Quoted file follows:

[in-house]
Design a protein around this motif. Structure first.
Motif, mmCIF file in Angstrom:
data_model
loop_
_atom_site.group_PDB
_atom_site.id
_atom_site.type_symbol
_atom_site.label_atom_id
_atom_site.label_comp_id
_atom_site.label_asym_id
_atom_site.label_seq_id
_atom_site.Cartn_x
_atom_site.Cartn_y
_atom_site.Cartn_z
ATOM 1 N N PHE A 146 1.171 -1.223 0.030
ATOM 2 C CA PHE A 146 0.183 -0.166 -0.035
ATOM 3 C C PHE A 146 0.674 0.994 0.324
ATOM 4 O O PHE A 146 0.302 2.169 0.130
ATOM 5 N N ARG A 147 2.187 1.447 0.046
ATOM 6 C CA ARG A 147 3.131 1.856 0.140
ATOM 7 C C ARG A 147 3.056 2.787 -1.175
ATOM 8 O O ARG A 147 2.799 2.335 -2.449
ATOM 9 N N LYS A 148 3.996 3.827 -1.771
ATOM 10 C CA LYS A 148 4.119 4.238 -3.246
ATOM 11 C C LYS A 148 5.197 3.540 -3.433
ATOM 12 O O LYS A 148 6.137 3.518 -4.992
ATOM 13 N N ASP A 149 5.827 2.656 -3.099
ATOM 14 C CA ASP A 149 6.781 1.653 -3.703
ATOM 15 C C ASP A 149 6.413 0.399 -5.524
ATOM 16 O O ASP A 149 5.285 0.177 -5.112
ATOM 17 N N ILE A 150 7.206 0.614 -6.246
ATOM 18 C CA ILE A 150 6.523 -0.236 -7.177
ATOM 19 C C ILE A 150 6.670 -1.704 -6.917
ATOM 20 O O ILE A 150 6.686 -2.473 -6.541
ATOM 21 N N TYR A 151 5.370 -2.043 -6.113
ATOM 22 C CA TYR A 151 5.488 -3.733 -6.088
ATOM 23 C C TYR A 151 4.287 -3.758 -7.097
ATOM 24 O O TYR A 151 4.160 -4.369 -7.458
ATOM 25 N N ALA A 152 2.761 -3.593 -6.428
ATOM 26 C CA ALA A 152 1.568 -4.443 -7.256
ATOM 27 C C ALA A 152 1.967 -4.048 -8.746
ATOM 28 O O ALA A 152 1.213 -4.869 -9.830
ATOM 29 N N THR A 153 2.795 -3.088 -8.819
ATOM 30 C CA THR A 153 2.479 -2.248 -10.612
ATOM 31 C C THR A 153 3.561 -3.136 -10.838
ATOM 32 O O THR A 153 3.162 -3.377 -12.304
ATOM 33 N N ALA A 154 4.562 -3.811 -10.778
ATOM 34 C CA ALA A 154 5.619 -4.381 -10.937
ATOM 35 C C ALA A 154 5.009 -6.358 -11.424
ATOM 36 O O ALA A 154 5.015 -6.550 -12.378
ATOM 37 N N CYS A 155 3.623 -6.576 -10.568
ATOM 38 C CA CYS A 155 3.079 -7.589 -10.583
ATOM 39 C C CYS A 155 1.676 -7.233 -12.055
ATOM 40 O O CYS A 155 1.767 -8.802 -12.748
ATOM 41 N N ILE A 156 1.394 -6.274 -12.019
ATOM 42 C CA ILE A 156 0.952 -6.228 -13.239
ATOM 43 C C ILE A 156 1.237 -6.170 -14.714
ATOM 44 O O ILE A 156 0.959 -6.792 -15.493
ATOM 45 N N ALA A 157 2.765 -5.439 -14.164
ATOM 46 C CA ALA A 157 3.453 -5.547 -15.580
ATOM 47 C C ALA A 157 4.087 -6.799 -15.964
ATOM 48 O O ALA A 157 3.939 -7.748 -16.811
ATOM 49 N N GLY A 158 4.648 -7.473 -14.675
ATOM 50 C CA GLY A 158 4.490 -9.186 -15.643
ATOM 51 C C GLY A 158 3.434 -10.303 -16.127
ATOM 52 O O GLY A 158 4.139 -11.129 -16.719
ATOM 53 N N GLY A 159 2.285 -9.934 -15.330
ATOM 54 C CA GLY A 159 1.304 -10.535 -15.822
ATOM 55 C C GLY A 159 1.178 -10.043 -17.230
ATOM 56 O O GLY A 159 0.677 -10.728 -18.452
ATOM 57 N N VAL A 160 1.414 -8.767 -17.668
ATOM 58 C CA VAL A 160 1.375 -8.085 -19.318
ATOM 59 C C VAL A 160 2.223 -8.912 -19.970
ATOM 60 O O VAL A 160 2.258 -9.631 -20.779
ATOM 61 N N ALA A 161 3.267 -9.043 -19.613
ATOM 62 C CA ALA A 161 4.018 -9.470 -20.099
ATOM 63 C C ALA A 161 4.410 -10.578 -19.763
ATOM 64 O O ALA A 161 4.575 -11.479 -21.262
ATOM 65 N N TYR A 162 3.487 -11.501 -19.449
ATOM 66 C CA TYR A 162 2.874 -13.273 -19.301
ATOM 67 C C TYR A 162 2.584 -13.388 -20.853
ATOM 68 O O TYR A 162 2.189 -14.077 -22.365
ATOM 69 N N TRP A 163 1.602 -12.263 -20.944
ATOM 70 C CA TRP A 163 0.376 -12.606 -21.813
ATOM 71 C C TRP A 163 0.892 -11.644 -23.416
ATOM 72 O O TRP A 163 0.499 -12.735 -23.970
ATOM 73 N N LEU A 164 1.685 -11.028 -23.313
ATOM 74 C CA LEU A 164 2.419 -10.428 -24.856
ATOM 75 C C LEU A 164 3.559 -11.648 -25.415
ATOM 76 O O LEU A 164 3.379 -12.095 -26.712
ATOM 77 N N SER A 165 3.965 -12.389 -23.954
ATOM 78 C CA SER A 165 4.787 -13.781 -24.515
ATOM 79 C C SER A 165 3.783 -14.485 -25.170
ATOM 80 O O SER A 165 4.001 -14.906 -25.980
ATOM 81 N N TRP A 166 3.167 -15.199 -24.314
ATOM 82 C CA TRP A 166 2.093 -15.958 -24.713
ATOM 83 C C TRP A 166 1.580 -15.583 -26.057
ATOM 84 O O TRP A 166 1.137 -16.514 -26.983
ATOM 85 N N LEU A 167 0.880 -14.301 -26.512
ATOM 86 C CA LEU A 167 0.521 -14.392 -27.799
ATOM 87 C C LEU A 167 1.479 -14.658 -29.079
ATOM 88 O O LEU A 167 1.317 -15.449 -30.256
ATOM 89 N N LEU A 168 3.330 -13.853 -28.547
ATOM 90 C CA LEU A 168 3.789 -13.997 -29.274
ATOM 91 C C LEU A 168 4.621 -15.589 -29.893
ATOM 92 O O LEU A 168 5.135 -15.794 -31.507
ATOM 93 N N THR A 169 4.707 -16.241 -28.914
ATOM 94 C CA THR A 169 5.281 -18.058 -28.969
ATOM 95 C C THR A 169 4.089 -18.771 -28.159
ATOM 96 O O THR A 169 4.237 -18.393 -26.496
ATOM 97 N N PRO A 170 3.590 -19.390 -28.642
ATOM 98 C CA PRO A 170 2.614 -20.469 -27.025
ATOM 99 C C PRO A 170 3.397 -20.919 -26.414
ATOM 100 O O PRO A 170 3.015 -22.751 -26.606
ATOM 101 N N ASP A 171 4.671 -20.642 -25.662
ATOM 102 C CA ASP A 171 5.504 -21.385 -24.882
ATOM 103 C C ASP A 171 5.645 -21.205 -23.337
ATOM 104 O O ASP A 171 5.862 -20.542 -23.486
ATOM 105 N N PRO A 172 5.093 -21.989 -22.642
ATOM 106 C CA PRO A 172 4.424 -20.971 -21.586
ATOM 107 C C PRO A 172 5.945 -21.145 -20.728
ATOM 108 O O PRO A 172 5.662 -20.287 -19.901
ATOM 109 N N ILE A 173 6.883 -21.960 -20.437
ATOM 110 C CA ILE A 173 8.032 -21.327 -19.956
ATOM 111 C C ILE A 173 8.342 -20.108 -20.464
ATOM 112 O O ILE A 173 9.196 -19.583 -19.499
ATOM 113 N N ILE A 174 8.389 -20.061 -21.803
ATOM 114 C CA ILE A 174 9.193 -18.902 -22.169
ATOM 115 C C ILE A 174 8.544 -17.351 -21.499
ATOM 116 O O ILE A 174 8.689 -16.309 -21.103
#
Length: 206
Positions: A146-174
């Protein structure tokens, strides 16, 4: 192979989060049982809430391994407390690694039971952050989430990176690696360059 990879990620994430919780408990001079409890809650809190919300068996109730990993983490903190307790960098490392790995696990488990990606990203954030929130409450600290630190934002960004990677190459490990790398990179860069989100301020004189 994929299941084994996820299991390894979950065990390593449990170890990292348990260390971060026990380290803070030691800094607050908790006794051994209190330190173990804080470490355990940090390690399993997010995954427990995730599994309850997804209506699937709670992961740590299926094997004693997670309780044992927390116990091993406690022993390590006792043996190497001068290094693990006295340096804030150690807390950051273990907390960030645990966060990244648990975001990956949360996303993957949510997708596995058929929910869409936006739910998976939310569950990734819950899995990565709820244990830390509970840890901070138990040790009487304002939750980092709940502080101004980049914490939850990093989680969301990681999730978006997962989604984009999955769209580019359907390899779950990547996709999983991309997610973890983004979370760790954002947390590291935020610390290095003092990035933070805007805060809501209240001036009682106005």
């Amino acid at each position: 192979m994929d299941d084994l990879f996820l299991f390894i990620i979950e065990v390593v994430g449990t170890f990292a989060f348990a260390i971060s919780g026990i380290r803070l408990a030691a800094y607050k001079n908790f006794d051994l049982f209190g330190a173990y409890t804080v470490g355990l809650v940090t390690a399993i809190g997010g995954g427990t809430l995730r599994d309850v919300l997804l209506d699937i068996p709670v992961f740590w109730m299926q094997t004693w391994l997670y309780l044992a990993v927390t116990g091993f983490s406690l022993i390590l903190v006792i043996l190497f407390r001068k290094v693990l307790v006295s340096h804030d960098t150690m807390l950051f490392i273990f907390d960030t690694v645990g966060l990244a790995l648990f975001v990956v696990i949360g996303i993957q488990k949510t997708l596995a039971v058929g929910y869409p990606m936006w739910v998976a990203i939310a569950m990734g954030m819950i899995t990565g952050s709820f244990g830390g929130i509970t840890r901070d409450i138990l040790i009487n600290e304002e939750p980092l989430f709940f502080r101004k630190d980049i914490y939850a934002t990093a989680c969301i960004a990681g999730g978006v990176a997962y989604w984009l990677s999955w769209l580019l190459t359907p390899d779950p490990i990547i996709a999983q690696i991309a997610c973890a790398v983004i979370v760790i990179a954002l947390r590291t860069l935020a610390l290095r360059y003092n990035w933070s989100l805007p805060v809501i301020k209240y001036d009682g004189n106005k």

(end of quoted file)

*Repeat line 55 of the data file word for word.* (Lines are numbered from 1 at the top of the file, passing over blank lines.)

ATOM 40 O O CYS A 155 1.767 -8.802 -12.748